Check on your dog often. On very warm days, watch your dog’s condition closely. While exercise will make dogs pant if the panting becomes “heaving” this is the earliest sign that he is getting too hot. When the panting has become loud and is becoming a “roar” he has already become too hot and the outcome can be fatal.
Stages of overheating:
- Excessive panting
- Your dog will begin to “heave” as he pants
- Your dog will begin to “roar” – best described as sounding like severe asthma
- He will begin to look tired and distressed
- His tongue will be very floppy and very red in colour
- Red-colored gums
- Red “flushed” skin near the ears, muzzle, underbelly
- Warm to the touch His body temperature will rise (normal temp approx 38.6)
- Thick ropey saliva in the mouth His airway will swell and his throat become full of white foam (caused through the excessive panting)
- Sweating or moisture from the paws (uncommon)
Cooling an Overheated Dog
Hose your dog down or place in a tub or sink with cool, not cold, water. Extreme temperature changes can injure your dog. Do not try to cool it too fast with frigid water. Make sure the water gets under the belly, between the legs, and under the tail.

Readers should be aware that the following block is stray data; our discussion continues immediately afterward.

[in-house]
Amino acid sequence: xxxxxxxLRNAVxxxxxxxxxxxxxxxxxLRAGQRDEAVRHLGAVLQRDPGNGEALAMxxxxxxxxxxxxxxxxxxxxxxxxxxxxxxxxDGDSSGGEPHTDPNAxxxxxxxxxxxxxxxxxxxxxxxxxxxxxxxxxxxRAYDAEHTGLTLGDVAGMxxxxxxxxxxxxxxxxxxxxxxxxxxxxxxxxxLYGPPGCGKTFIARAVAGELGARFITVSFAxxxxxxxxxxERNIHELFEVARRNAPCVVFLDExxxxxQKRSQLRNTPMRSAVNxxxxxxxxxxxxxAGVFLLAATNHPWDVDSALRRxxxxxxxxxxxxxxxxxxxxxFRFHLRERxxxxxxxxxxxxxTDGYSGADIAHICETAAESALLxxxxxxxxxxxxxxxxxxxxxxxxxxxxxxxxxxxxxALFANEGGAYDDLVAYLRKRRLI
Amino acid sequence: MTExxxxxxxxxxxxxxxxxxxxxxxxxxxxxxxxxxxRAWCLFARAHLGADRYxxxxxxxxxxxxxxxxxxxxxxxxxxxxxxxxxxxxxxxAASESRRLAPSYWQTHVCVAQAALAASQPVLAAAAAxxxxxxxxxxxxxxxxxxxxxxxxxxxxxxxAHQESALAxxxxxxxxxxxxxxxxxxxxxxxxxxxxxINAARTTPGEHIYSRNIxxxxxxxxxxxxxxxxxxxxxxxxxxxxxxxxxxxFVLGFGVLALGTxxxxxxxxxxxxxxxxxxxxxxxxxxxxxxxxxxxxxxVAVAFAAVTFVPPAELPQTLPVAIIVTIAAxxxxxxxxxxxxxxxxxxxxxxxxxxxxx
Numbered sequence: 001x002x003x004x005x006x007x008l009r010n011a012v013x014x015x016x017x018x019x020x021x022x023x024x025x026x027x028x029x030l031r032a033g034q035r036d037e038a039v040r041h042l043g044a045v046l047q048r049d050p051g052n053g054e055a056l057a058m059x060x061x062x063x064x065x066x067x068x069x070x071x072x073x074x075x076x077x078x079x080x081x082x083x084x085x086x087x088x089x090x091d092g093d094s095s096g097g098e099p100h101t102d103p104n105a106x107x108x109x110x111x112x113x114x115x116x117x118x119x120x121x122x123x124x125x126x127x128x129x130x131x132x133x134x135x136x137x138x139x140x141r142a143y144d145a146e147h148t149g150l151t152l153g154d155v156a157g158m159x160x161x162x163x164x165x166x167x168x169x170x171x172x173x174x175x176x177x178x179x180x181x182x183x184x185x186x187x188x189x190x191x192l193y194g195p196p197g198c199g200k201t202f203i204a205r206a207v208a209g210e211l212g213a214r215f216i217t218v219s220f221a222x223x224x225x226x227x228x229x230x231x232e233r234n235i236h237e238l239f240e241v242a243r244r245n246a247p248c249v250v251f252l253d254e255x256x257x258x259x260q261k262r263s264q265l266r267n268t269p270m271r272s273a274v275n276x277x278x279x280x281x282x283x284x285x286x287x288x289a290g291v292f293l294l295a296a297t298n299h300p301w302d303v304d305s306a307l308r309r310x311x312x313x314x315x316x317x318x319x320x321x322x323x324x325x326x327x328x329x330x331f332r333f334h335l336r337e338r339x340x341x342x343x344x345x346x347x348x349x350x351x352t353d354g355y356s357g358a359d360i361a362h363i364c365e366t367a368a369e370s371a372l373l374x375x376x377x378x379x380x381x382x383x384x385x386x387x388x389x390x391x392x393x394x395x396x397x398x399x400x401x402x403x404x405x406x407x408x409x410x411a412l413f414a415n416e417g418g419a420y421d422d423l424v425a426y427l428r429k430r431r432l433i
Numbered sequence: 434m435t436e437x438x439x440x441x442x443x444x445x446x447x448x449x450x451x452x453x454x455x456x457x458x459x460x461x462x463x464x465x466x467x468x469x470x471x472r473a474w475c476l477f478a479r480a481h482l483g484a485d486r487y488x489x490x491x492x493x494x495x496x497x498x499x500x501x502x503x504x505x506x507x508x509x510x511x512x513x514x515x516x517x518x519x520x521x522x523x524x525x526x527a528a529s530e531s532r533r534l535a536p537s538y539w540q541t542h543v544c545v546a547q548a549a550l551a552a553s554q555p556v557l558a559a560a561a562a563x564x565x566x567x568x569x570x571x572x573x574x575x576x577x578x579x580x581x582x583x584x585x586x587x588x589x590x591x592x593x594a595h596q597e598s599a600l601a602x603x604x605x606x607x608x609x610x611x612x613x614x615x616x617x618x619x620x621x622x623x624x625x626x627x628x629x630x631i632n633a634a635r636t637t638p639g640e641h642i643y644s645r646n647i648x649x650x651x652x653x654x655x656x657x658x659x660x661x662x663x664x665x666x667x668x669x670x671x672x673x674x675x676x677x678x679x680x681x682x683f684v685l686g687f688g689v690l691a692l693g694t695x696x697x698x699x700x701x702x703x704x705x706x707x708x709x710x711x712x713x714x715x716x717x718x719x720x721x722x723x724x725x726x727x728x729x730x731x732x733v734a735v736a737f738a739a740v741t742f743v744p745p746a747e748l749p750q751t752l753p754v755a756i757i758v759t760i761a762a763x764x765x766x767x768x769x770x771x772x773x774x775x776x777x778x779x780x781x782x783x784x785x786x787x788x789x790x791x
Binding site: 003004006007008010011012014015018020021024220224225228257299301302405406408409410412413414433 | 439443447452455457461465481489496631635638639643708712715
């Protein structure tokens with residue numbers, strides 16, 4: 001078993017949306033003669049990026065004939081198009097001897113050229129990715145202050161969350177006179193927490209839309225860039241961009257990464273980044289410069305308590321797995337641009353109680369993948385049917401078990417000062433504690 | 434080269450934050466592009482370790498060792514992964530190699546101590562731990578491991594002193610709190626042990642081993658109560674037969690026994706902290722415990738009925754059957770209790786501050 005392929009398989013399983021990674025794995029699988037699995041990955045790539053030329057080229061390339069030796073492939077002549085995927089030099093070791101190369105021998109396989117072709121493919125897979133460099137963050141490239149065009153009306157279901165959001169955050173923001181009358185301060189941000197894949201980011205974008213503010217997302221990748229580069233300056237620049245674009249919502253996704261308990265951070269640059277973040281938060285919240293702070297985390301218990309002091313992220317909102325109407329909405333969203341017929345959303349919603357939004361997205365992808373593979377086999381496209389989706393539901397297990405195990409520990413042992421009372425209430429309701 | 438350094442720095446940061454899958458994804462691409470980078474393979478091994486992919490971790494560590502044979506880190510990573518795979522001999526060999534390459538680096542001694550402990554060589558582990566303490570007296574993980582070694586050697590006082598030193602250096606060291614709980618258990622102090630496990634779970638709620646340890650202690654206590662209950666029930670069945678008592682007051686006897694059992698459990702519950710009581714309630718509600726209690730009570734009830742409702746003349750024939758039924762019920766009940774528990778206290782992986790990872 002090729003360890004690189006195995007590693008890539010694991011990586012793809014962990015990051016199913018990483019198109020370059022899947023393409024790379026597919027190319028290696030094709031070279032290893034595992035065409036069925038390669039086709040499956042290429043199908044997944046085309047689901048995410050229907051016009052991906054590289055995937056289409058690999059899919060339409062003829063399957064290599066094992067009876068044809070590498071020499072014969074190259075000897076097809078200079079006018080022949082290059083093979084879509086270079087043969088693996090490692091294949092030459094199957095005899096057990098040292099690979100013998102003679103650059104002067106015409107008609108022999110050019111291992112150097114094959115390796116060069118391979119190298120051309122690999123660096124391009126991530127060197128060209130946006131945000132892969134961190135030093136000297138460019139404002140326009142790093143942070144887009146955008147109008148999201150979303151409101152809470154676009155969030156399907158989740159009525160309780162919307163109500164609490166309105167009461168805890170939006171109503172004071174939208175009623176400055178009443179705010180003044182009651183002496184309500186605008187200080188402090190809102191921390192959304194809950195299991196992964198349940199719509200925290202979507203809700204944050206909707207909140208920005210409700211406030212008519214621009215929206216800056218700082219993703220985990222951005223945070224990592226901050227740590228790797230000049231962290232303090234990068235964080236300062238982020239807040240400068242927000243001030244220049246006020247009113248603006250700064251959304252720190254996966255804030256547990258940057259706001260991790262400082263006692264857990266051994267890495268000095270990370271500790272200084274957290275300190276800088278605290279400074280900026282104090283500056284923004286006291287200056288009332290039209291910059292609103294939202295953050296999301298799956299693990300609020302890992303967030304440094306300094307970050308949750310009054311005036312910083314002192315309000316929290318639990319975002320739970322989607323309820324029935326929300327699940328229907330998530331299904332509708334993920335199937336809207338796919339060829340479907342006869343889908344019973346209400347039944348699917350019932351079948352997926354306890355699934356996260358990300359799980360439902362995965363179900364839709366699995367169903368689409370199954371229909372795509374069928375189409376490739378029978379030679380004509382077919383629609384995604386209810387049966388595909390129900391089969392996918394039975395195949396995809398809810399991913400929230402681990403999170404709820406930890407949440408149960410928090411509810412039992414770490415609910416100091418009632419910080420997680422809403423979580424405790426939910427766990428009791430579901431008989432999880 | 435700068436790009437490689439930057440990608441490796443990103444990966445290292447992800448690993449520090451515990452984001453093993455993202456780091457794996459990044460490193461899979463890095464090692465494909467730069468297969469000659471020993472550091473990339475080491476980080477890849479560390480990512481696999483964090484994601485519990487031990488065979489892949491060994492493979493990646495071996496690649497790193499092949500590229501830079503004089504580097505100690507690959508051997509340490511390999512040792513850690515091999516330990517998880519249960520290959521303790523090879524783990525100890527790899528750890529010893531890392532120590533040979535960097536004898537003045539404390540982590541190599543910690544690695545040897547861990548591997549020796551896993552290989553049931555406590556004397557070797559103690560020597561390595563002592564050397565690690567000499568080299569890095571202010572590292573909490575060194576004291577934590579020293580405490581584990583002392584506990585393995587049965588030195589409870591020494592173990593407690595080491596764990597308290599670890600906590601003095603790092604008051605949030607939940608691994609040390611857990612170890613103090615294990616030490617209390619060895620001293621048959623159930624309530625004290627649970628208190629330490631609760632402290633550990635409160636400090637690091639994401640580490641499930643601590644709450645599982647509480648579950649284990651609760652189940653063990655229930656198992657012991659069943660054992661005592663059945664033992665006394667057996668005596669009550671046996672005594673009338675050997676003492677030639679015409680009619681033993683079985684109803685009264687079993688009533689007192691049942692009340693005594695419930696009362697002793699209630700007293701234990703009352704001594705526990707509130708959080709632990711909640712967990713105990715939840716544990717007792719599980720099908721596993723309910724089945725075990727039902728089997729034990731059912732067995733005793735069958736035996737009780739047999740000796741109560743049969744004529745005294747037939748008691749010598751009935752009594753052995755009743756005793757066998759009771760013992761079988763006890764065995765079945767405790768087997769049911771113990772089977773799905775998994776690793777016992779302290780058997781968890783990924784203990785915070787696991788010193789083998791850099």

Give the dog some cold treats, a few at a time. Too many at once (like immersing in the dog ice water) could cause your dog to go into shock. You can freeze low-sodium beef or chicken broth or other tasty liquids in an ice-cube tray to make a frozen treat your dog will enjoy.
On hot days, your dog may be happy just to receive an ordinary ice cube as well. Do not force water or ice down your dog’s throat. This might cause water to get into the lungs, causing more complications like pneumonia or death.
You can also keep wet towels against your dog’s body to keep him cool. You can also use ice packs or bags of frozen vegetables wrapped in a towel. Place them against your dog’s skin, inside the front and hind legs and along the neck. These are the areas where there major blood vessels are located. Cooling the blood as it passes under the ice packs will help cool the interior of the dog.
Clear the airway: Squirt some lemon juice (from one of those plastic lemon shaped bottles that you squirt on your pancakes) into the back of his throat, he will hate you for it, but the lemon juice will quickly break up the excess foam and clear the throat. Do not allow him to drink a lot of water as this can cause him to vomit.
Keep him calm: Once you have reduced his panic keep him in a quiet place and keep a close eye on him.
If you’re unsure or the above tips don’t seem to be working then you need to get to a vet as quickly as possible – put a cold damp towel under your dog for the journey and talk to him trying to keep him calm. You may want to call the vet first and they will be able to provide you with extra tips for the trip to them.